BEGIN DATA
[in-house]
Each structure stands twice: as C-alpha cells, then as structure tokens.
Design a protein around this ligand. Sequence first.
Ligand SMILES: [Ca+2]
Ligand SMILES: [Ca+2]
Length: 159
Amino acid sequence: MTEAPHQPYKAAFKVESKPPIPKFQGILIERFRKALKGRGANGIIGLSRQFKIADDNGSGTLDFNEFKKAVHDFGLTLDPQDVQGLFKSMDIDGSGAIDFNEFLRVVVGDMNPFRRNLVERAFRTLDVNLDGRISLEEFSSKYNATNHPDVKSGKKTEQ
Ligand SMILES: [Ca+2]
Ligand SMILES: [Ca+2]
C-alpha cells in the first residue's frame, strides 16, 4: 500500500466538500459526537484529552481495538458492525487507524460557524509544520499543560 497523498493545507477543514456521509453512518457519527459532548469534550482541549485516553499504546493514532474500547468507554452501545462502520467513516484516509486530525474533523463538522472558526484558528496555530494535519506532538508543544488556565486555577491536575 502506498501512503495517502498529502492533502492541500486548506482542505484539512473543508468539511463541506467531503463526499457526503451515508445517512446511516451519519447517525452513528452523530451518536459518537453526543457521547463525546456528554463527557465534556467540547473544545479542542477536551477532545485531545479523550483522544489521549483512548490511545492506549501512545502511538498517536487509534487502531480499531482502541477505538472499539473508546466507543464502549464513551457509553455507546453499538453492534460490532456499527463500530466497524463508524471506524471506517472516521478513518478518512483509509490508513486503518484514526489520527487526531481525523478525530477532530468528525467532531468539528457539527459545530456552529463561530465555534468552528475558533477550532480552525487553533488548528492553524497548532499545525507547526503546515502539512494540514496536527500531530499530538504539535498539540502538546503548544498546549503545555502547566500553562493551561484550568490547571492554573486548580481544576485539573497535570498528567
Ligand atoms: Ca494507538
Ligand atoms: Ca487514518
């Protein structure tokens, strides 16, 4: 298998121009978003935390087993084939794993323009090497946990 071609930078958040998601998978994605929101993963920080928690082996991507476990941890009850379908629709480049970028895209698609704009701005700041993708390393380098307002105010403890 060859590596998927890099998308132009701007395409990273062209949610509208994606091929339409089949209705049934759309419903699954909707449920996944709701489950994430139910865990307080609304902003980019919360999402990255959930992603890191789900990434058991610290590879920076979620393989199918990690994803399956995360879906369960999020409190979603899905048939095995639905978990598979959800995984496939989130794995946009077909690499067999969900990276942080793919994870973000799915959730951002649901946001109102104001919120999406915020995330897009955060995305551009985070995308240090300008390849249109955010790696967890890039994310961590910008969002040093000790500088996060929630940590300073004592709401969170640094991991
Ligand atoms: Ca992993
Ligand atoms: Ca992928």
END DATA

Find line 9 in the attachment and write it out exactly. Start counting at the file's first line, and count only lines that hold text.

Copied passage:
Ligand SMILES: [Ca+2]